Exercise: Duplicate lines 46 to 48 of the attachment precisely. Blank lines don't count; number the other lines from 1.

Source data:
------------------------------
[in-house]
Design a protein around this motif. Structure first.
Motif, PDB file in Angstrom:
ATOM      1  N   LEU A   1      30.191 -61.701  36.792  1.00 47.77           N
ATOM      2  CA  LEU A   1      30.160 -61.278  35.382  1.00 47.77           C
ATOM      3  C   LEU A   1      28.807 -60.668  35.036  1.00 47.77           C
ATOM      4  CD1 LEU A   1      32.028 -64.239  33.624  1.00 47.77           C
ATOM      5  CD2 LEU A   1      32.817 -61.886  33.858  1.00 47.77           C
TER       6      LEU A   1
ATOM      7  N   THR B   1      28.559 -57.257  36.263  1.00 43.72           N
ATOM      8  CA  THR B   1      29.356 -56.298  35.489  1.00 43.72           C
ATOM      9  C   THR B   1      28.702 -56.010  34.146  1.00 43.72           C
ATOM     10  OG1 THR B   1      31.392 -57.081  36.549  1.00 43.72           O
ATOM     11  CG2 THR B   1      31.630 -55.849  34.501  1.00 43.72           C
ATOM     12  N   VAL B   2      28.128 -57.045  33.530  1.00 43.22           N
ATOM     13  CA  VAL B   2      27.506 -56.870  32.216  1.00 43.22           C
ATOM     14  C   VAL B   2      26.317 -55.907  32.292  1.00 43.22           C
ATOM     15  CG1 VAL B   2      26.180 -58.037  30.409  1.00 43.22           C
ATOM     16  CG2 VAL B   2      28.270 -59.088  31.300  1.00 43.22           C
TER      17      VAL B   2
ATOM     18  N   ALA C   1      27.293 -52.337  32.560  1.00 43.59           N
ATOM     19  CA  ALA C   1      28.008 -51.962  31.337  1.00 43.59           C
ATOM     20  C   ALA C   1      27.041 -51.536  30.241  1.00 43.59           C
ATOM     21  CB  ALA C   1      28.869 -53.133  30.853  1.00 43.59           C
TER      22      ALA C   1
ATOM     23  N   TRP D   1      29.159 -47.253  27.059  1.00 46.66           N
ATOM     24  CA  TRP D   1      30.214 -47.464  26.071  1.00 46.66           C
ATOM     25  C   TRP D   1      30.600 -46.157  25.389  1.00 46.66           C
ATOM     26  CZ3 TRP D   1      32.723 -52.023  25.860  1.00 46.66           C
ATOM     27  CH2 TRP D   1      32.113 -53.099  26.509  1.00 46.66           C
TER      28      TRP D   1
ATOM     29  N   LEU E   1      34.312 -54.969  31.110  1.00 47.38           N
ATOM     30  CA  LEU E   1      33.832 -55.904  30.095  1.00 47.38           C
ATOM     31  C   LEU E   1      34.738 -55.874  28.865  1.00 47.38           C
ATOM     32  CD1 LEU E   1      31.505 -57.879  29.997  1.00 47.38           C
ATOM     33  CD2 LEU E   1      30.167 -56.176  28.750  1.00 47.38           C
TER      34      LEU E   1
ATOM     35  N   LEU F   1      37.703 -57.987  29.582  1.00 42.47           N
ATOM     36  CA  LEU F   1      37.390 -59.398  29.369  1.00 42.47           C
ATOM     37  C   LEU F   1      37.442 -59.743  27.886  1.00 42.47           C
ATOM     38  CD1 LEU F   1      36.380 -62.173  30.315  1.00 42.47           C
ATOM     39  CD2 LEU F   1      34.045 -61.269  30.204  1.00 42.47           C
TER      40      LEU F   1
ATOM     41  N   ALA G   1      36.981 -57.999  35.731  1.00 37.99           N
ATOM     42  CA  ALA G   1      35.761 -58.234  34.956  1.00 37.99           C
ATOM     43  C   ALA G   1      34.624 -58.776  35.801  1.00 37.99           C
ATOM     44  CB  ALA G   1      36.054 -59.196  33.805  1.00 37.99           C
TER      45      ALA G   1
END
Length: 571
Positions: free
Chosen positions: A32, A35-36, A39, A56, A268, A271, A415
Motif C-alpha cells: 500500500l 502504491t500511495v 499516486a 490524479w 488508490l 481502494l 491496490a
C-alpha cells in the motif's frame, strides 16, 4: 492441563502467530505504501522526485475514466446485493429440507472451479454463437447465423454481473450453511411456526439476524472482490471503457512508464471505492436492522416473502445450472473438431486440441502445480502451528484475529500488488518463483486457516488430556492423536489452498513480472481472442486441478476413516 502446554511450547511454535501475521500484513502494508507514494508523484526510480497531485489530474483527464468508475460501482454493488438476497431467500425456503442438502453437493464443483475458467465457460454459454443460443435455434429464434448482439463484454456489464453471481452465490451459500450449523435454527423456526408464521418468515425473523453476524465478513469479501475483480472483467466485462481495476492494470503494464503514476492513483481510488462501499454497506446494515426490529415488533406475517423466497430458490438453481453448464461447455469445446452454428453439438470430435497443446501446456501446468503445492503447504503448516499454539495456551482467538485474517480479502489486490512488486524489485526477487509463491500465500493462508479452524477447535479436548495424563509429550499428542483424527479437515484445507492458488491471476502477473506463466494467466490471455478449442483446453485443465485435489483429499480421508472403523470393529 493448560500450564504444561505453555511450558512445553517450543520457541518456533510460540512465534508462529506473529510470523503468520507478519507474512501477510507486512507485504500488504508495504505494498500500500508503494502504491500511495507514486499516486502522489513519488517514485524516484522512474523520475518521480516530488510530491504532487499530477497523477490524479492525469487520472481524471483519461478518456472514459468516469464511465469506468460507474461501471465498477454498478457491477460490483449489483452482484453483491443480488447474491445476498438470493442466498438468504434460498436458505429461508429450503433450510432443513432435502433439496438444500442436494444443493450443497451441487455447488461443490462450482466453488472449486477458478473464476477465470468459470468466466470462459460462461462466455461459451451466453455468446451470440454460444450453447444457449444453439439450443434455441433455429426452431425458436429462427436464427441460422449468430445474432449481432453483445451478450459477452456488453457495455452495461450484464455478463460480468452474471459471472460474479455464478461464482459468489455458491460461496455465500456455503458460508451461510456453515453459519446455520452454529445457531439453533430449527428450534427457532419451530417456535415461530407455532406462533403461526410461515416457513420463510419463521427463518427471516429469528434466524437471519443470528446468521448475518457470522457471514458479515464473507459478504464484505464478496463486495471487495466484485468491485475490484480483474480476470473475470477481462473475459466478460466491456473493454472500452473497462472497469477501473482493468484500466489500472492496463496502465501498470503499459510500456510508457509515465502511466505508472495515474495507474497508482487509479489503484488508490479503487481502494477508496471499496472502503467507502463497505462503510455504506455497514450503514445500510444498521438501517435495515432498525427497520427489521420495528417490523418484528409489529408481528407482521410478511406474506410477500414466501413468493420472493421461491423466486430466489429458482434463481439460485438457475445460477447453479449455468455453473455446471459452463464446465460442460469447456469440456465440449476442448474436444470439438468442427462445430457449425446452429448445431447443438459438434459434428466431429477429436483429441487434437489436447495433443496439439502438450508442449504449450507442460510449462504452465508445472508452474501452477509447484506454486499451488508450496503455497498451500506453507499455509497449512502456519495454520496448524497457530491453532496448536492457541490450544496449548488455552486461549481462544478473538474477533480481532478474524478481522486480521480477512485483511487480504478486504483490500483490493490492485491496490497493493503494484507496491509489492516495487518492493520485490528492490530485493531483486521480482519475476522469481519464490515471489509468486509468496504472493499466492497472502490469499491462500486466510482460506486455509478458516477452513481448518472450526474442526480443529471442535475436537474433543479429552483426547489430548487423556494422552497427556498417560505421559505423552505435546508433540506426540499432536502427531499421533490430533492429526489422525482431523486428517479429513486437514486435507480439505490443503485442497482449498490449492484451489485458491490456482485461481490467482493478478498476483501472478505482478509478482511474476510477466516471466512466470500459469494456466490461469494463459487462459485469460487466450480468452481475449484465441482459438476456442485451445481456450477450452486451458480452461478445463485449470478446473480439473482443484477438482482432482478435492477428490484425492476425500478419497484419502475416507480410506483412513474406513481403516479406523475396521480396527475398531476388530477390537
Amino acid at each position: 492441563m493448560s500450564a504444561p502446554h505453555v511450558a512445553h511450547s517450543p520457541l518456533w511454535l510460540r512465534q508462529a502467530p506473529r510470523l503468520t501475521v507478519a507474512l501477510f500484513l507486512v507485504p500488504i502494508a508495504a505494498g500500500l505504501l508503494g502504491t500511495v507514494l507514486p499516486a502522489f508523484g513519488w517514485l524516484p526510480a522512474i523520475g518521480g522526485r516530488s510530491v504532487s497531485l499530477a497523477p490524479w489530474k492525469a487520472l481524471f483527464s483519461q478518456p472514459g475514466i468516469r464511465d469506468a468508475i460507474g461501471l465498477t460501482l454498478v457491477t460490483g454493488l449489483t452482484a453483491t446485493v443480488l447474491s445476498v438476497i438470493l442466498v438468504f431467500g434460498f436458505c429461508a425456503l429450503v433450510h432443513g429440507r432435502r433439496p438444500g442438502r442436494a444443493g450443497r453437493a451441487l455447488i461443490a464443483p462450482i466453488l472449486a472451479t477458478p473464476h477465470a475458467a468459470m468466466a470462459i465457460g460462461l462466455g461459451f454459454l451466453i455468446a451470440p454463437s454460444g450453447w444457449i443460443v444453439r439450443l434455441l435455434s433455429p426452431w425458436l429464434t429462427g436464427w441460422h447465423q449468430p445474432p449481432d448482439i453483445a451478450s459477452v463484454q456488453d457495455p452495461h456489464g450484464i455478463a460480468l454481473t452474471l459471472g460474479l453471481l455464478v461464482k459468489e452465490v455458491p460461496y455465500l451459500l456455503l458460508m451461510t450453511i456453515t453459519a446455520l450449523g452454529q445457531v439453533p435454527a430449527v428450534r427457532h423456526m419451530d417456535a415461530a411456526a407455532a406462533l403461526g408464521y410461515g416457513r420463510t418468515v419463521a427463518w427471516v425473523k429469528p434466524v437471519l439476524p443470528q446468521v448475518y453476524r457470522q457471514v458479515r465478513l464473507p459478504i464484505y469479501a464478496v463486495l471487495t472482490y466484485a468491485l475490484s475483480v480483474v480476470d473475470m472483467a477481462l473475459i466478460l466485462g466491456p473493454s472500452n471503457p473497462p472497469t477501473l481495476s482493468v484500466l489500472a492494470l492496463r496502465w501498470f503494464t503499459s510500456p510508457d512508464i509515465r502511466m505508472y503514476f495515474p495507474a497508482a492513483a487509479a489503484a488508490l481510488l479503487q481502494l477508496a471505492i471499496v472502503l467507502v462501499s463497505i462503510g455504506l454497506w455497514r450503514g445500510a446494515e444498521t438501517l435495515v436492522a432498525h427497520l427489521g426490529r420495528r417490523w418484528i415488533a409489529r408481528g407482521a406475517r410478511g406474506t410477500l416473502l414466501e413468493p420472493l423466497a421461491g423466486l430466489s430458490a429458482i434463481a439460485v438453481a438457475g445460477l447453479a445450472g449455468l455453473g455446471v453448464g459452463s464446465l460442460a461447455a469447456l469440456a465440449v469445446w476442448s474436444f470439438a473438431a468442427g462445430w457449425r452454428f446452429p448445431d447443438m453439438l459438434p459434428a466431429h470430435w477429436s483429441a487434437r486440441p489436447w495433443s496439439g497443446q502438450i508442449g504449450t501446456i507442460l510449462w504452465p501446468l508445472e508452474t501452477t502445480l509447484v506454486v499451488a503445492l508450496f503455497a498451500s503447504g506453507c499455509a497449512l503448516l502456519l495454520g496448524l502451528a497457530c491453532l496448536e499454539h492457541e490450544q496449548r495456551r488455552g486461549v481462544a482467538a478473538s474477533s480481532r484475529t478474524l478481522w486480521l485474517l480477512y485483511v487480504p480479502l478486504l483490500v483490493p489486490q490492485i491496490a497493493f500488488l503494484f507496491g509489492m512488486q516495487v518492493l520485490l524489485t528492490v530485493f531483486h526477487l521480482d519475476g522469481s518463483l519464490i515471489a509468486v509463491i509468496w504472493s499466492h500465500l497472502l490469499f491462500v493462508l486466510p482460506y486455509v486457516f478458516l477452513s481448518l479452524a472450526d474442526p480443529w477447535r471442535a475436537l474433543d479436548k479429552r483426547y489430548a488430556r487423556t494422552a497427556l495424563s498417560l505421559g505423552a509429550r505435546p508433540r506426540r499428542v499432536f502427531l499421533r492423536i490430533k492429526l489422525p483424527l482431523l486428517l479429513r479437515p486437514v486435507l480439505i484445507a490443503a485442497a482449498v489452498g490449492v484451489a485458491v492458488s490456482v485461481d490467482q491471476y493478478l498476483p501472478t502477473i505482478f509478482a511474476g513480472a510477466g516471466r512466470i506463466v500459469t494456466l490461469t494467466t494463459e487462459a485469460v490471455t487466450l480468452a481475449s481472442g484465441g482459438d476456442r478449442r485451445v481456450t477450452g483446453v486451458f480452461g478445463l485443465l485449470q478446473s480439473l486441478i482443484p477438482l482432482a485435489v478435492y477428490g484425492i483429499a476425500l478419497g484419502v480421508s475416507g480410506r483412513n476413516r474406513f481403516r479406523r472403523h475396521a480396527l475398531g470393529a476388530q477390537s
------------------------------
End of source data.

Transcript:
ATOM     43  C   ALA G   1      34.624 -58.776  35.801  1.00 37.99           C
ATOM     44  CB  ALA G   1      36.054 -59.196  33.805  1.00 37.99           C
TER      45      ALA G   1